To its own surprise, the party has even found a connection to Democratic golden boy and presidential hopeful Sen. Barack Obama. In his autobiography, “Dreams of My Father,” Obama refers to a mentor named Frank, who was recently revealed to be Frank Marshall David, a poet and a CPUSA member. When asked about the potential president, Webb seemed unexcited. “The Communist Party doesn’t endorse a candidate at any level. We have our own particular outlook on things.” Of Marshall Davis and a potential link to the sought-after mainstream, Webb is unimpressed: “I heard the name but I know nothing about him,” he said. “I don’t even know if he is still living.”

With anti-right and antiwar sentiment riding high among the new generation, the CPUSA hopes to strike a chord among the young. And despite the public insouciance about Obama, some of the younger people in CPUSA recognize that the senator from Illinois is seen by many of their peers as a timely break from the status-quo. Lucas Gray, 19, of Knoxville, Iowa, joined the CPUSA a year ago and is a member of the new CPUSA facebook.com group. “A lot of the positions of the Democrats now, like universal healthcare, are actually the same as the Communists’,” he said.

The Fox News pundit David Horowitz, a former Communist, takes a potential resurgence seriously. “I’m concerned,” he said. “Why wouldn’t the CPUSA be having some kind of revival? The left hate the U.S. and its society and that opinion is growing in popularity.”

But away from the rah-rah spirit at headquarters and a few chatty leftist corners of the Internet, a CPUSA revival is viewed as about as likely as Fidel Castro’s coming out of retirement to win the Republican Party nomination for president. “The CPUSA is completely historical,” said John Earl Haynes, an author on domestic communism at the Library of Congress. “As a historian, I don’t usually feel comfortable about predicting the future; however, in this case, I’m confident in saying that the CPUSA has absolutely no future in the country.”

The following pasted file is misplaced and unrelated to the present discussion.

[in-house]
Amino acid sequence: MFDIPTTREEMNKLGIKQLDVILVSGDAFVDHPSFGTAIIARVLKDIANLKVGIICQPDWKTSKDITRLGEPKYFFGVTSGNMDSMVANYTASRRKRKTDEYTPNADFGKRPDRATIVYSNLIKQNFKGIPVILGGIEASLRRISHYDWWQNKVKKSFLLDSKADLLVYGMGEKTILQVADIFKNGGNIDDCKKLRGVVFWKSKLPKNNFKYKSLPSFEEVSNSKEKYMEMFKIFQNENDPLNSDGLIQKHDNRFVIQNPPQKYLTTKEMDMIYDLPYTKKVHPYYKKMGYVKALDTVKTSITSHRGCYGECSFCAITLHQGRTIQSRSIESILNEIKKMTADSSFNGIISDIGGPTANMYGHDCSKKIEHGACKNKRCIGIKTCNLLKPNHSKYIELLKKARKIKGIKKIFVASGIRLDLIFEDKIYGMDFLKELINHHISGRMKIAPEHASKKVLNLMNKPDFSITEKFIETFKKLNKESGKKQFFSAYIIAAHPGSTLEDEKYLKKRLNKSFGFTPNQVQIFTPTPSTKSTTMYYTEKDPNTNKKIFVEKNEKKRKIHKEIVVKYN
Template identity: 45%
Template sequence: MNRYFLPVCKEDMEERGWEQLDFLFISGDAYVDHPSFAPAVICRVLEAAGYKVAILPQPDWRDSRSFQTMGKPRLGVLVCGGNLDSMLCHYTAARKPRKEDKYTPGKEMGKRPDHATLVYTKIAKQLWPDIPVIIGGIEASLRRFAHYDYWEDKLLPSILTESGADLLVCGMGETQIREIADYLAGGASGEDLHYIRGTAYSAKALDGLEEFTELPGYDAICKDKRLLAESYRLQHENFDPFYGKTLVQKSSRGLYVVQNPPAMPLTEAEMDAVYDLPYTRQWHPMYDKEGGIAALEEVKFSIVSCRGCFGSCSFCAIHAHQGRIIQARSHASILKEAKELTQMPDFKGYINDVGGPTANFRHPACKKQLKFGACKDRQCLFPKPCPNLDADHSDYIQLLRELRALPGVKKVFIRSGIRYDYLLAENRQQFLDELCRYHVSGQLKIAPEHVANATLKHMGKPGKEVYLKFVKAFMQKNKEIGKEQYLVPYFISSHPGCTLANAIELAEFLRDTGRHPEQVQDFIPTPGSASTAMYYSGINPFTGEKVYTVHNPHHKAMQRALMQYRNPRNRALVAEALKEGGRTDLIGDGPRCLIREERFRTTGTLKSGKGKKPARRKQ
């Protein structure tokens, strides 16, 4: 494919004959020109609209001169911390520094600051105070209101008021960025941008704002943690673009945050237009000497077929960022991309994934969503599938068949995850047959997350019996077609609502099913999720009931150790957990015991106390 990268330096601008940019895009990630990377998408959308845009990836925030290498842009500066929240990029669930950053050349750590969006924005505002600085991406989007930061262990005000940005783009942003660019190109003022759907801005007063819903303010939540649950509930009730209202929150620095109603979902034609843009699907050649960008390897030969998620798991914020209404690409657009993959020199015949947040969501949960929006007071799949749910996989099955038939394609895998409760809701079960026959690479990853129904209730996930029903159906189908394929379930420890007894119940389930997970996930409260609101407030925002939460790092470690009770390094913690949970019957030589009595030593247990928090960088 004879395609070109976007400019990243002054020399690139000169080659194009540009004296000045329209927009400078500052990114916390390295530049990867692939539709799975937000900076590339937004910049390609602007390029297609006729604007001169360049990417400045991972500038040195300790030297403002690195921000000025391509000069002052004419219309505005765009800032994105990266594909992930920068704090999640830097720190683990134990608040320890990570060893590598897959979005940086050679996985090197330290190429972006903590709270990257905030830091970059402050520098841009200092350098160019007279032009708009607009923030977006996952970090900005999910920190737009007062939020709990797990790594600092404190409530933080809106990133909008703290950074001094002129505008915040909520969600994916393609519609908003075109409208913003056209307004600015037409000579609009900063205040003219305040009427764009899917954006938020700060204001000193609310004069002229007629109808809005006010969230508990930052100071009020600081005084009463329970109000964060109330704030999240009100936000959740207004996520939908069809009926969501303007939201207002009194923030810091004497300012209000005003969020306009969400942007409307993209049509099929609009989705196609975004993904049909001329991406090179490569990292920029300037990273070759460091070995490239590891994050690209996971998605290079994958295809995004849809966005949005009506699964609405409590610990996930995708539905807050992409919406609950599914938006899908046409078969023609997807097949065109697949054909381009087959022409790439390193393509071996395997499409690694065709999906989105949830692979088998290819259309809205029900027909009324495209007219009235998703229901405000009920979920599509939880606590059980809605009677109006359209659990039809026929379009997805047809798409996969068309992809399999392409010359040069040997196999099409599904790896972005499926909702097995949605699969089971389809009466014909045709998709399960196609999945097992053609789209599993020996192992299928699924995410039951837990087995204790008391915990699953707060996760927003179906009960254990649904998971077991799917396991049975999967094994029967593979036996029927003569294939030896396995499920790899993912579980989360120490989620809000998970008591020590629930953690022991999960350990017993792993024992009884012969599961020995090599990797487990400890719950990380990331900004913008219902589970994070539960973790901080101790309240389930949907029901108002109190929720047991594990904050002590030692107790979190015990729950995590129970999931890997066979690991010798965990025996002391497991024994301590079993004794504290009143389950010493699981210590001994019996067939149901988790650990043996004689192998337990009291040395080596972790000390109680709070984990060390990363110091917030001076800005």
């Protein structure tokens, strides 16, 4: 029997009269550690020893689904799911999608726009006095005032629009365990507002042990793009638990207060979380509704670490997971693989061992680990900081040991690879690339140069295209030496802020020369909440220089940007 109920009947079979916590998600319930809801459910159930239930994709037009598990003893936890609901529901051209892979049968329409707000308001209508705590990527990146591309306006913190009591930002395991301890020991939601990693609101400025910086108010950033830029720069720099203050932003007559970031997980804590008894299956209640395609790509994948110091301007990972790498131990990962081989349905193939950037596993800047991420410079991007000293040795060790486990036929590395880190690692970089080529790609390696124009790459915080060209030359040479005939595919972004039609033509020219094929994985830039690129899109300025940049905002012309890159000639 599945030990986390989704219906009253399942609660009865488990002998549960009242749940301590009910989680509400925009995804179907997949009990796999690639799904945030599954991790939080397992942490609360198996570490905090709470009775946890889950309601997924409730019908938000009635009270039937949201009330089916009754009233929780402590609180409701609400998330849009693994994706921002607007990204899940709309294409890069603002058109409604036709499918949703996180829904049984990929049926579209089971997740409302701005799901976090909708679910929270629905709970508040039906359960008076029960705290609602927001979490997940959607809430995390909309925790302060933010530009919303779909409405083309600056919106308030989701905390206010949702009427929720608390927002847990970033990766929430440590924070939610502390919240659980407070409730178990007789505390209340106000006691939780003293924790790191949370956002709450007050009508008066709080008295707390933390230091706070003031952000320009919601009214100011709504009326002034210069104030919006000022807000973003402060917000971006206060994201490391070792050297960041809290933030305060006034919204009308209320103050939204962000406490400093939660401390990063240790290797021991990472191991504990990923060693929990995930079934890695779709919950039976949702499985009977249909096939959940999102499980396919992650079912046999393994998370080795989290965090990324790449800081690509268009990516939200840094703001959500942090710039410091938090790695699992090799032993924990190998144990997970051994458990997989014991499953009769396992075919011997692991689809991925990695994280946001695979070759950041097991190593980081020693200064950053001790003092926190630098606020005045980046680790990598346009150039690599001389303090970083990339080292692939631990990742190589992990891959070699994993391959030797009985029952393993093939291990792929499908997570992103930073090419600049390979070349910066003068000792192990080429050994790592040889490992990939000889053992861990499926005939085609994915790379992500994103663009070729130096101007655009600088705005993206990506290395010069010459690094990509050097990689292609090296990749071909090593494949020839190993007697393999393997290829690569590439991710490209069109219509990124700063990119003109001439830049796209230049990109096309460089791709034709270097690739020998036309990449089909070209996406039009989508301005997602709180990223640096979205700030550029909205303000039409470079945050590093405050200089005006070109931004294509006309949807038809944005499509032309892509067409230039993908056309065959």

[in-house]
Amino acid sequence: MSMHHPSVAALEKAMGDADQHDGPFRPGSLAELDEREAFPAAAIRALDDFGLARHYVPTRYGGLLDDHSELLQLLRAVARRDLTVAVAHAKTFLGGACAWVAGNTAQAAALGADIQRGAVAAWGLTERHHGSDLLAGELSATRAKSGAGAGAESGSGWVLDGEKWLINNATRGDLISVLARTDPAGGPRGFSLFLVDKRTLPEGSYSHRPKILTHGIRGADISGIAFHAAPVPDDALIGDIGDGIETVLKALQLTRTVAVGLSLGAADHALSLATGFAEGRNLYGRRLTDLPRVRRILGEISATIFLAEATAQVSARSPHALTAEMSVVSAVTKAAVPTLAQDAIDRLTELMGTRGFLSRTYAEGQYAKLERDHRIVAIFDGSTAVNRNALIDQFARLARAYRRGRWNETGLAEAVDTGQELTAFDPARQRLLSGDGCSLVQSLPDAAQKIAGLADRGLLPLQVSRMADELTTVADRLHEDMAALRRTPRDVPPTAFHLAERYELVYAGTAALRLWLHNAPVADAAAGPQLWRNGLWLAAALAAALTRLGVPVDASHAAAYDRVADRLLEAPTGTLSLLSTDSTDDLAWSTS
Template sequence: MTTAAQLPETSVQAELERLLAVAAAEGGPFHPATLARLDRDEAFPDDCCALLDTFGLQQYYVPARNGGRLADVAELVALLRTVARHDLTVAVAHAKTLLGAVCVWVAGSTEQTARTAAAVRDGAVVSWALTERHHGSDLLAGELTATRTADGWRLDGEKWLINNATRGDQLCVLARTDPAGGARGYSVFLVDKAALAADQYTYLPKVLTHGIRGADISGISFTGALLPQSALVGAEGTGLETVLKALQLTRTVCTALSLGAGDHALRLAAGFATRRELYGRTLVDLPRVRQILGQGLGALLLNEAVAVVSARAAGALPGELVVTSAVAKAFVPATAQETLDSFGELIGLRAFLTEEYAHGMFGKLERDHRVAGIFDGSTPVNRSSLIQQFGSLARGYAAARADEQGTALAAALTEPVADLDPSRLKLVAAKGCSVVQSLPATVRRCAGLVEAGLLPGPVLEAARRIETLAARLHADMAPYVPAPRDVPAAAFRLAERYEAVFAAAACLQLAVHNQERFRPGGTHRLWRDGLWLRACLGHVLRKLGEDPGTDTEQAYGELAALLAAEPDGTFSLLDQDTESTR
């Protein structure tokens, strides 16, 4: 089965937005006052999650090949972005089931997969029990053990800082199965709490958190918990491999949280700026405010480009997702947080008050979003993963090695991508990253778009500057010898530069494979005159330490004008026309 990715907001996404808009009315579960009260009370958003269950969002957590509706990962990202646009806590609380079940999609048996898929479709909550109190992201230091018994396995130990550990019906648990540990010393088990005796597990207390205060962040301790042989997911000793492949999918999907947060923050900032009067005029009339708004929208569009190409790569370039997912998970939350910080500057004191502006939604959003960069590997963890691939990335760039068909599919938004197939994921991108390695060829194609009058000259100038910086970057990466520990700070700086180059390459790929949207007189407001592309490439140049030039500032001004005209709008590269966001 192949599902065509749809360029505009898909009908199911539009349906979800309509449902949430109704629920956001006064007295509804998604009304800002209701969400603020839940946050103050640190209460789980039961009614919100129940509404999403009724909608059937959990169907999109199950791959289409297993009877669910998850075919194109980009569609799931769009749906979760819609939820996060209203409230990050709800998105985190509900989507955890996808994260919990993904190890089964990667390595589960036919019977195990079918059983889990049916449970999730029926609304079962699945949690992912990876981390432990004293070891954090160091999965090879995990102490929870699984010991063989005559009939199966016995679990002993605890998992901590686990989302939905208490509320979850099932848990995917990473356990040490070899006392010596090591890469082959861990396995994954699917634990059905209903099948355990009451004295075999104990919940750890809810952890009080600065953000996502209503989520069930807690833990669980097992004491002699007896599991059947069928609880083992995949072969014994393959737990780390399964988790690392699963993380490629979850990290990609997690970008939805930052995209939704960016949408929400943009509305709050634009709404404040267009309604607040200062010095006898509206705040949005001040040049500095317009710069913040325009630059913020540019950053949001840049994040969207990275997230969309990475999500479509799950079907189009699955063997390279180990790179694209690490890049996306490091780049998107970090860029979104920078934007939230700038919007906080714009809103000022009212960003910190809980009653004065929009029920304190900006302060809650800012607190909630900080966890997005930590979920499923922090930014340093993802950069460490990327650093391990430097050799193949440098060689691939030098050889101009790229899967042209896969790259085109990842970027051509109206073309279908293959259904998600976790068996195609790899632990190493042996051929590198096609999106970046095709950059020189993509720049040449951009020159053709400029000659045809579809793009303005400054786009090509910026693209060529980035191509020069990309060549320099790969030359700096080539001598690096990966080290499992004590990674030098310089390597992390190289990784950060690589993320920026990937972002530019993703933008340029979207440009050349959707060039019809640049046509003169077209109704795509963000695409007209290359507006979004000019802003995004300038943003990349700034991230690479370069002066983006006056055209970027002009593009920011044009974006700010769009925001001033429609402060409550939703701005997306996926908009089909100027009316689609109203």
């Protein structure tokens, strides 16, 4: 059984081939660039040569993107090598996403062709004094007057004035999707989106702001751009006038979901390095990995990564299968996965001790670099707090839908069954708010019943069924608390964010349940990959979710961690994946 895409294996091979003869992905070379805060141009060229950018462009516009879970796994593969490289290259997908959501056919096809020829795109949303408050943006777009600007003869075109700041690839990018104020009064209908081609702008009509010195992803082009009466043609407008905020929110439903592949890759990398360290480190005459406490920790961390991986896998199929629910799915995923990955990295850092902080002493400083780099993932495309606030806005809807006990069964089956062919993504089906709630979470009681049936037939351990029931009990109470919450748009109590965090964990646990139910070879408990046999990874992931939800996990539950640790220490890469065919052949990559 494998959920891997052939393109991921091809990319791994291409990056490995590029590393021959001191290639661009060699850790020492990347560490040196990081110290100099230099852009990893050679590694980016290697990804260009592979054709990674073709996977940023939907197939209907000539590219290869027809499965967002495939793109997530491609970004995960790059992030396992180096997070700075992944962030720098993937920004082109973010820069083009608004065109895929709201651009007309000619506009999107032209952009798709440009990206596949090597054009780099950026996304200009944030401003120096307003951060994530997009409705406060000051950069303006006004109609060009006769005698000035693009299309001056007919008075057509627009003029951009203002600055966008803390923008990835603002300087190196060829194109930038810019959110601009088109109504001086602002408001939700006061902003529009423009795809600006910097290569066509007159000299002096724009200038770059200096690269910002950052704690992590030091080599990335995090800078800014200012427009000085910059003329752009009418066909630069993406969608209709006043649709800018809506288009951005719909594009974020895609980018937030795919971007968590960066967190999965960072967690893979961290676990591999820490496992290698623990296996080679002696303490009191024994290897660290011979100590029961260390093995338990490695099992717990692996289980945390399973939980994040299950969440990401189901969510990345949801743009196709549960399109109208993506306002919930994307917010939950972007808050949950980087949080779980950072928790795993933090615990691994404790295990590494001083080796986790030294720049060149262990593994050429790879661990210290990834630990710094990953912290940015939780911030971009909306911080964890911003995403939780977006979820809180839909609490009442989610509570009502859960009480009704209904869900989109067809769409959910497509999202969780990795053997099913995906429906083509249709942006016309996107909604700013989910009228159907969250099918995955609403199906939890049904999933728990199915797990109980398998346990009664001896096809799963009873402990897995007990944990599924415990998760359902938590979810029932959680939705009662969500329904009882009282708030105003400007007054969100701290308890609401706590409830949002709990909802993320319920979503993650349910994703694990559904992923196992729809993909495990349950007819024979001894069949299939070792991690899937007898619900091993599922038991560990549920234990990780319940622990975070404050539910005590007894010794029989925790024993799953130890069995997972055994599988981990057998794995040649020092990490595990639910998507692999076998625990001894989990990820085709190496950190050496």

The Chinese, the global leader in Communism, are equally disparaging if more polite. “China has little contact with the Communist Party of the United States,” said Wang Baodong, spokesman for the Chinese Embassy in Washington. “Communism in this country is not on the screen of my attention or that of my colleagues.”

And even through the zeal of the newly converted, there is a streak of doubt. “To be honest,” said 19-year-old Gray, “I’m not optimistic at all about the future of the Communist Party to expand or become a dominant political force in the U.S. It’s just not feasible.” Yet he remains dedicated, passing out copies of the Communist People Weekly on street corners, and attending regular meetings of his branch. “I really appreciate that the Communist Party is trying to appeal to younger people now.” As part of the Communism 2.0 outreach project, Gray been asked to get new converts on the campus of his university, Truman State in Kirksville, Mo. “I’m the only member at the whole university so it’s hard,” he said. “I’m still trying my best, although I haven’t got anyone yet.”

E-mail: mk2939@columbia.edu